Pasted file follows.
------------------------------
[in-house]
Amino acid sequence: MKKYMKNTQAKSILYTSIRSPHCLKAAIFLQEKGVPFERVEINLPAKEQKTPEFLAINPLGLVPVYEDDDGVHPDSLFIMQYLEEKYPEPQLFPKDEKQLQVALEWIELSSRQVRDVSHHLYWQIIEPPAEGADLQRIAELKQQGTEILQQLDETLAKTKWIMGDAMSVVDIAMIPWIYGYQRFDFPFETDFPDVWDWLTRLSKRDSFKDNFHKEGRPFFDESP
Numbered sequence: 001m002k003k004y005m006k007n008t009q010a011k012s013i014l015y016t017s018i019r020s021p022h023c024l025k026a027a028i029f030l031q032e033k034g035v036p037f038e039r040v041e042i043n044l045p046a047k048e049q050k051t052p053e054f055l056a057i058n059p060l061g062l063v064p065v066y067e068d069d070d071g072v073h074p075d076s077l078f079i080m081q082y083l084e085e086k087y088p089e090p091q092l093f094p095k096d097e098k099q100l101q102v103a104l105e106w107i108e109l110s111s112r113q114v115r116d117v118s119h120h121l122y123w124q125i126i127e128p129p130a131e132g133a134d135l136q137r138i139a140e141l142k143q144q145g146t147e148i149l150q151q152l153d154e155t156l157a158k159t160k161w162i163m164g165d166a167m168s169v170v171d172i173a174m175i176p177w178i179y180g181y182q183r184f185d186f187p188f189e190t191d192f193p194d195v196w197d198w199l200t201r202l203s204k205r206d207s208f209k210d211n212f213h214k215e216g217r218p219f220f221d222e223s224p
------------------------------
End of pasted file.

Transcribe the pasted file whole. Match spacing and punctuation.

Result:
[in-house]
Amino acid sequence: MKKYMKNTQAKSILYTSIRSPHCLKAAIFLQEKGVPFERVEINLPAKEQKTPEFLAINPLGLVPVYEDDDGVHPDSLFIMQYLEEKYPEPQLFPKDEKQLQVALEWIELSSRQVRDVSHHLYWQIIEPPAEGADLQRIAELKQQGTEILQQLDETLAKTKWIMGDAMSVVDIAMIPWIYGYQRFDFPFETDFPDVWDWLTRLSKRDSFKDNFHKEGRPFFDESP
Numbered sequence: 001m002k003k004y005m006k007n008t009q010a011k012s013i014l015y016t017s018i019r020s021p022h023c024l025k026a027a028i029f030l031q032e033k034g035v036p037f038e039r040v041e042i043n044l045p046a047k048e049q050k051t052p053e054f055l056a057i058n059p060l061g062l063v064p065v066y067e068d069d070d071g072v073h074p075d076s077l078f079i080m081q082y083l084e085e086k087y088p089e090p091q092l093f094p095k096d097e098k099q100l101q102v103a104l105e106w107i108e109l110s111s112r113q114v115r116d117v118s119h120h121l122y123w124q125i126i127e128p129p130a131e132g133a134d135l136q137r138i139a140e141l142k143q144q145g146t147e148i149l150q151q152l153d154e155t156l157a158k159t160k161w162i163m164g165d166a167m168s169v170v171d172i173a174m175i176p177w178i179y180g181y182q183r184f185d186f187p188f189e190t191d192f193p194d195v196w197d198w199l200t201r202l203s204k205r206d207s208f209k210d211n212f213h214k215e216g217r218p219f220f221d222e223s224p